Yet, the various Arctic regions need to digitally catch up, as recently suggested in the Arctic Broadband Report, published by the Arctic Economic Council. The report noted that the various Arctic regions could (again) be left behind if not promoting intra- and extra-regional connectivity.

The Way Ahead

Technology, technological advancements and inventions have for centuries been a driving factor in the reshaping of societies and economies around the world. Over the last decades, information technology has manifested itself as the powerhouse in the process of globalization. The global village has become an undeniable reality and terms such as “big data” or “the cloud” part of common parlance in discussions on future global economic considerations and developments. The effects of globalization have also reached the Arctic region and will increasingly continue to integrate our most northern area into the global economic system over the years to come.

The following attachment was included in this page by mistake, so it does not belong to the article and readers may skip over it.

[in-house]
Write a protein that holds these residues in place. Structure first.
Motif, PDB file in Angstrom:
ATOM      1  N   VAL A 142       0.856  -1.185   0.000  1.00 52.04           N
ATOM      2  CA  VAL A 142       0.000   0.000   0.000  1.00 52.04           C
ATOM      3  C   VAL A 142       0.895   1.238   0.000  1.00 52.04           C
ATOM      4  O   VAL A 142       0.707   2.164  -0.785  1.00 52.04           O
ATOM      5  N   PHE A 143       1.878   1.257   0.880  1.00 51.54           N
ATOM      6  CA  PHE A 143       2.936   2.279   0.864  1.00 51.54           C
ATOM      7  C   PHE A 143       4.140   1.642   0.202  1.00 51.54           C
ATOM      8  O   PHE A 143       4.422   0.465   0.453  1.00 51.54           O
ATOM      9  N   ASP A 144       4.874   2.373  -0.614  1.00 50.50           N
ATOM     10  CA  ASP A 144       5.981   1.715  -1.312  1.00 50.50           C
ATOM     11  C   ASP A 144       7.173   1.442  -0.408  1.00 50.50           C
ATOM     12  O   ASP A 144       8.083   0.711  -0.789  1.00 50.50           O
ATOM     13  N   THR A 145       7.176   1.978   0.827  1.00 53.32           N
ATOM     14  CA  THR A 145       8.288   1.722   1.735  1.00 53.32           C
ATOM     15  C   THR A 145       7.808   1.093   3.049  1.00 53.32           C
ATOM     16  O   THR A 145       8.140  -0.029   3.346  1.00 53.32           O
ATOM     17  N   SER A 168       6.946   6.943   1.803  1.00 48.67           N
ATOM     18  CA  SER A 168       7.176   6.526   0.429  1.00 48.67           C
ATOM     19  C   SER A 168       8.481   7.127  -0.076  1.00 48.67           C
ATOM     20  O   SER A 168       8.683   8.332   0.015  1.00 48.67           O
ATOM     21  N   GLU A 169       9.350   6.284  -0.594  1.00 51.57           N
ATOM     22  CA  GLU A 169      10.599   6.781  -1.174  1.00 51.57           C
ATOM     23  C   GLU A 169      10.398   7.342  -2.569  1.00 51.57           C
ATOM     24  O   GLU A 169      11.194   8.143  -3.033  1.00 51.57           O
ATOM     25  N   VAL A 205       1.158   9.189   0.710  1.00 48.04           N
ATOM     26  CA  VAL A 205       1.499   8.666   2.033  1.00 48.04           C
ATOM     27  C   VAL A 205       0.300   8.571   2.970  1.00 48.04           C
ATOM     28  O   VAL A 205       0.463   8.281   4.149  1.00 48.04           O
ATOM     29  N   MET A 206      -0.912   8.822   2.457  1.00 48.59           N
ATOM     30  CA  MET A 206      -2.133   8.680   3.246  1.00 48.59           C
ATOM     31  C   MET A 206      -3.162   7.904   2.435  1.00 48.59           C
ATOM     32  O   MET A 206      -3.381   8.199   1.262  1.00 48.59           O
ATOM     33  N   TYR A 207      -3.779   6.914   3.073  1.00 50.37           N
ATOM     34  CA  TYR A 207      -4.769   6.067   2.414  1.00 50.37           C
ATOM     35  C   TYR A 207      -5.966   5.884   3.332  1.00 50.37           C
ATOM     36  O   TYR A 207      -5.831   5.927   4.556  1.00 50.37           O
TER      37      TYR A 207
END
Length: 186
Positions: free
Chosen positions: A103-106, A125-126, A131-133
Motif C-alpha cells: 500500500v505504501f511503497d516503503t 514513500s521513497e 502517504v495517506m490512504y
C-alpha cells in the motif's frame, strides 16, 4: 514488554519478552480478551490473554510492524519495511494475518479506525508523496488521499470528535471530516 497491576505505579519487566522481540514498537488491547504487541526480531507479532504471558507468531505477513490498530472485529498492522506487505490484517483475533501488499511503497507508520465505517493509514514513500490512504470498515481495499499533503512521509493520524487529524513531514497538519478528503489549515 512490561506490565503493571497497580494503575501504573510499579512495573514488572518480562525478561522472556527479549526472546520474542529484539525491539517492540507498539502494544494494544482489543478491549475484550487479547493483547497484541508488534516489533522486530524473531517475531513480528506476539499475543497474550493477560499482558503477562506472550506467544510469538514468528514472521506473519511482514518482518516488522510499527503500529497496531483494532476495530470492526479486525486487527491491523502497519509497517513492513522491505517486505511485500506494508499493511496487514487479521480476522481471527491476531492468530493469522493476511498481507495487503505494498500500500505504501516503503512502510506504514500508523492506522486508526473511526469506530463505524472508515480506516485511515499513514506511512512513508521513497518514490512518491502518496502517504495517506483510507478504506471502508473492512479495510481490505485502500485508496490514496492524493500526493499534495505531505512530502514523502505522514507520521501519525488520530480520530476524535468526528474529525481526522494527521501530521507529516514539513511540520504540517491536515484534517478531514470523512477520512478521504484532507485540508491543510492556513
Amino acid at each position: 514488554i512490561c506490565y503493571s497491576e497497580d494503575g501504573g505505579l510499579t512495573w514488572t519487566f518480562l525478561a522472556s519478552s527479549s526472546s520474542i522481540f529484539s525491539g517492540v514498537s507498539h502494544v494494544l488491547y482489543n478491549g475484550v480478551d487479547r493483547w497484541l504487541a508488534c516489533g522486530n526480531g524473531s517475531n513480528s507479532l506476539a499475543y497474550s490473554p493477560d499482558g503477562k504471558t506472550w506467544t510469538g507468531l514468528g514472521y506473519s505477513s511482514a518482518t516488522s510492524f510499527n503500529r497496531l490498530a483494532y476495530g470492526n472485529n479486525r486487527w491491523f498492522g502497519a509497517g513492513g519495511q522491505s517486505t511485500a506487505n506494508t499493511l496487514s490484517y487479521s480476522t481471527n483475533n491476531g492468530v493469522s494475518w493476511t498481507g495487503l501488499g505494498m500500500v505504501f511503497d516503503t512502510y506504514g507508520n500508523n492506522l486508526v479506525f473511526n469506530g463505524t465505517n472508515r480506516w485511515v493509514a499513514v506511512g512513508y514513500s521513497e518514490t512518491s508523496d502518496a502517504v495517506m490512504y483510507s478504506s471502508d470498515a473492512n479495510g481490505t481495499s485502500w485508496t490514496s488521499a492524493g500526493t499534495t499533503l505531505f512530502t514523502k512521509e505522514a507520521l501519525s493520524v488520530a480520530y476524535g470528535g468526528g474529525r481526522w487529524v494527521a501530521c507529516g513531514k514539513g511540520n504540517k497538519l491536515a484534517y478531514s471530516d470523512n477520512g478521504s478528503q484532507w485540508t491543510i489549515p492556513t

However, the Arctic and its residents should not only be a recipient of globalization but also essentially manifest itself as a new “suburb” of the global village, forming an important part of the world’s technology – and internet-based (“critical”) infrastructure. Digital connectivity has the potential to overcome some of the geographical obstacles and the ability to fully integrate the Arctic and its citizens into the global economic opportunities of the 21st century. It could offer the possibility for Arctic entrepreneurship and related startups to displace incumbent companies and have an impact beyond the regional sphere.